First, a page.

United States v. Bergh

PETITIONER:United States
RESPONDENT:Bergh
LOCATION:Quality Photo Shop

DOCKET NO.: 17
DECIDED BY: Warren Court (1956-1957)
LOWER COURT:

CITATION: 352 US 40 (1956)
ARGUED: Oct 15, 1956
DECIDED: Nov 19, 1956

Facts of the case

Question

Audio Transcription for Oral Argument – October 15, 1956 in United States v. Bergh

Earl Warren:

Number 17, United States, Petitioner, versus Alfred C. Bergh et al.

Mr. Rosenthal.

Alan S. Rosenthal:

May it please the Court.

This case is hereon writ of certiorari to the United States Court of Claims.

The single issue presented is whether a federal per diem employees and federal — a per diem employee is one whose rate of compensation is fixed on a piece-work, daily or hourly basis, rather than on an annual basis, are entitled to an extra day’s compensation as a gratuity for work on holidays during World War II which were regular workdays for all federal employees.

The background of this litigation comes down to this, by two presidential directives during 1943, all normally observed peace-time holidays with the exemption of Christmas were designated as regular workdays for the balance of the war in the interest of obtaining maximum output in governmental activities.

For the duration of the law, therefore, all federal employees, per annum workers and per diem workers alike, worked on these days just as on other days in the work week.

For this work, per annum employees receive no additional compensation and per diem employees receive their regular rate of pay.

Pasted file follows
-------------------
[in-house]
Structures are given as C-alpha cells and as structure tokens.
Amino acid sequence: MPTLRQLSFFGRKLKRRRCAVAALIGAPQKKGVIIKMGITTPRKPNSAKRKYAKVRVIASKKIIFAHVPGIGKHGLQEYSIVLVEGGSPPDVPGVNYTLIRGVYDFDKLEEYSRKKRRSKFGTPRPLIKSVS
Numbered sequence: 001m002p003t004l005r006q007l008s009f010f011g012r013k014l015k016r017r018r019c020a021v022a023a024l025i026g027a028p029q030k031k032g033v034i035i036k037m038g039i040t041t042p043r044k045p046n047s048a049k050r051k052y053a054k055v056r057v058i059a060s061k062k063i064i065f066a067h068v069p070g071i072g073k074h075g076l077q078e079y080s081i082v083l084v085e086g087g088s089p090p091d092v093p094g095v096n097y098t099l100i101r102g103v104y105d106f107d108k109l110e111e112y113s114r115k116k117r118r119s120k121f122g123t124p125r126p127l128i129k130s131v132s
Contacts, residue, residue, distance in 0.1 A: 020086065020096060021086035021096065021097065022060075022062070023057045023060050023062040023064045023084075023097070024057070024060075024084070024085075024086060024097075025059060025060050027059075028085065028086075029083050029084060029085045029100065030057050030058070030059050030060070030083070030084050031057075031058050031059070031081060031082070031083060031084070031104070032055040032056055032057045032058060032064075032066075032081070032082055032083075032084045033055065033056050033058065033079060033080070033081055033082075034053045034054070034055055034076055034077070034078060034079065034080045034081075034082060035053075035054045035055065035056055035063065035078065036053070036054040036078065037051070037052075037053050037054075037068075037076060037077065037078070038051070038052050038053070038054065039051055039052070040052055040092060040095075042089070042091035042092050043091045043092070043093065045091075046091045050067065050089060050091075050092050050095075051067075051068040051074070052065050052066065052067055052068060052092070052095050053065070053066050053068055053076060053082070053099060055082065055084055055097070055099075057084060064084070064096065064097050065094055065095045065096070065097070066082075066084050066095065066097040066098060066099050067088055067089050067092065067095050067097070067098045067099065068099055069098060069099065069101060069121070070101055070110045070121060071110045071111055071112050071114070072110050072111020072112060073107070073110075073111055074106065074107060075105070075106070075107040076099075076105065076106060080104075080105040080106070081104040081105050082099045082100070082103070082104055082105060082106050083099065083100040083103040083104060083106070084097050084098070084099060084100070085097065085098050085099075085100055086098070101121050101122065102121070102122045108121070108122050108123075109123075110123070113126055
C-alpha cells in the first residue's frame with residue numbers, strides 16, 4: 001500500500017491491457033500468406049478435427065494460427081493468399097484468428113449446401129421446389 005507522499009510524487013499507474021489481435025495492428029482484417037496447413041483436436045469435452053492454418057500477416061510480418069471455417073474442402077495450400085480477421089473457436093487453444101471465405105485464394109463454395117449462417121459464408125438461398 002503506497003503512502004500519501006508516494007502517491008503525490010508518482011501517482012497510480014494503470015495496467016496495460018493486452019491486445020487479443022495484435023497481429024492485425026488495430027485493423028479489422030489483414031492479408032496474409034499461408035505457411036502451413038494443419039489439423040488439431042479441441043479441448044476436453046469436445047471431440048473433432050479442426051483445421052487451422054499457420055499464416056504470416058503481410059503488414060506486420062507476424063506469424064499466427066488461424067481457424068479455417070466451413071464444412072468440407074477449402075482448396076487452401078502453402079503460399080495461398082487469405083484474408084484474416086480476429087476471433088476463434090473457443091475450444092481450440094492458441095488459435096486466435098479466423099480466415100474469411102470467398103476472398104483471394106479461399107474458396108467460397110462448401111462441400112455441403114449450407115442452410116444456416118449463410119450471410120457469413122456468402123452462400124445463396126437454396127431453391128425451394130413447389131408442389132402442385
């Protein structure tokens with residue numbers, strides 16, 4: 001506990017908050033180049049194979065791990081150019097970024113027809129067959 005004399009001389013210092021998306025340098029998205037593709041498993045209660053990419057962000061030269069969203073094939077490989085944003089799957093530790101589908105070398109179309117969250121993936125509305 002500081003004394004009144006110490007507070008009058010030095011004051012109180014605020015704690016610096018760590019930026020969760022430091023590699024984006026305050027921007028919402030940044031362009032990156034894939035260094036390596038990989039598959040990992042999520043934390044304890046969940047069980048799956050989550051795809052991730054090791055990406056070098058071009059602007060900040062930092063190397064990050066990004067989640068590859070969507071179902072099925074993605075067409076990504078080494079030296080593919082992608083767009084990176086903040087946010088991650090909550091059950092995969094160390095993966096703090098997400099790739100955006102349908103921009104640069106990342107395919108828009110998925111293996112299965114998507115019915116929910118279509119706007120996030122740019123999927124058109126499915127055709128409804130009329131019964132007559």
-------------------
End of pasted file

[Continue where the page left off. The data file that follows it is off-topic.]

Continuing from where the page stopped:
Now, the respondent in this case, Mr. Bergh, was one of these per diem workers, an employee of the Department of the Navy at the shipyard at Portsmouth, Virginia.

Pursuant to the previously mentioned directives, respondent and common with all federal employees worked on New Year’s Day, Washington’s Birthday, Memorial Day and July 4 in the year 1945 just as on other days in the work week.

For this work, and we think it’s important to note this, the respondent was paid his regular wages plus any overtime or night differential that he was entitled to.

By this action, filed some seven years after his work was performed, the respondent seeks an additional day’s pay as a gratuity for working on these days which we emphasized again were regular workdays for all federal employees.

His claim is that while concededly the largest class of government employee, the per annum worker, was not entitled to the gratuity.

The class of which he is a representative, the per diem worker, is entitled to this gratuity which the General Accounting Office estimates will aggregate somewhere perhaps in the neighborhood of $750 million.

William O. Douglas:

Over what period?

Alan S. Rosenthal:

Over the period of the war.

They —

(Inaudible)

Alan S. Rosenthal:

That’s correct.

They do not know, of course, because claims of all have not been filed but they’re upwards at 70,000 claims at this point.

(Inaudible)

Alan S. Rosenthal:

Well, Your Honor, the Congress — there’s a bill pending in Congress which will, should this Court affirm this judgment, suspend the statute of limitations or waive it and give this individual the opportunity to file in the Court of Claims.

Now, this bill was not intended to connote any view of Congress on the merits but — so that there is still — potentially it is rather large liability.

Earl Warren:

Was it — was it passed, the bill?

Alan S. Rosenthal:

No, it’s being held in advance, if Your Honor pleases.

Now, at the outset —

Stanley Reed:

Well, was — if this — this suit, of course, was filed in time?

Alan S. Rosenthal:

That’s right because the respondent in this case was in the service from 1946 to 1948 and under the Soldiers and Sailors Civil Relief Act, the limitation period did not run while he was in service.

There’s no question about this suit being tardy.

Now, at the very outset, we think it’s important to note that the payment of a gratuity, and that’s what this is, this claim, to a federal employee must have its roots in a federal statute which either expressly provides for the gratuity in the particular circumstances or in the alternative confers permissive discretion upon the employing agency to pay the gratuity.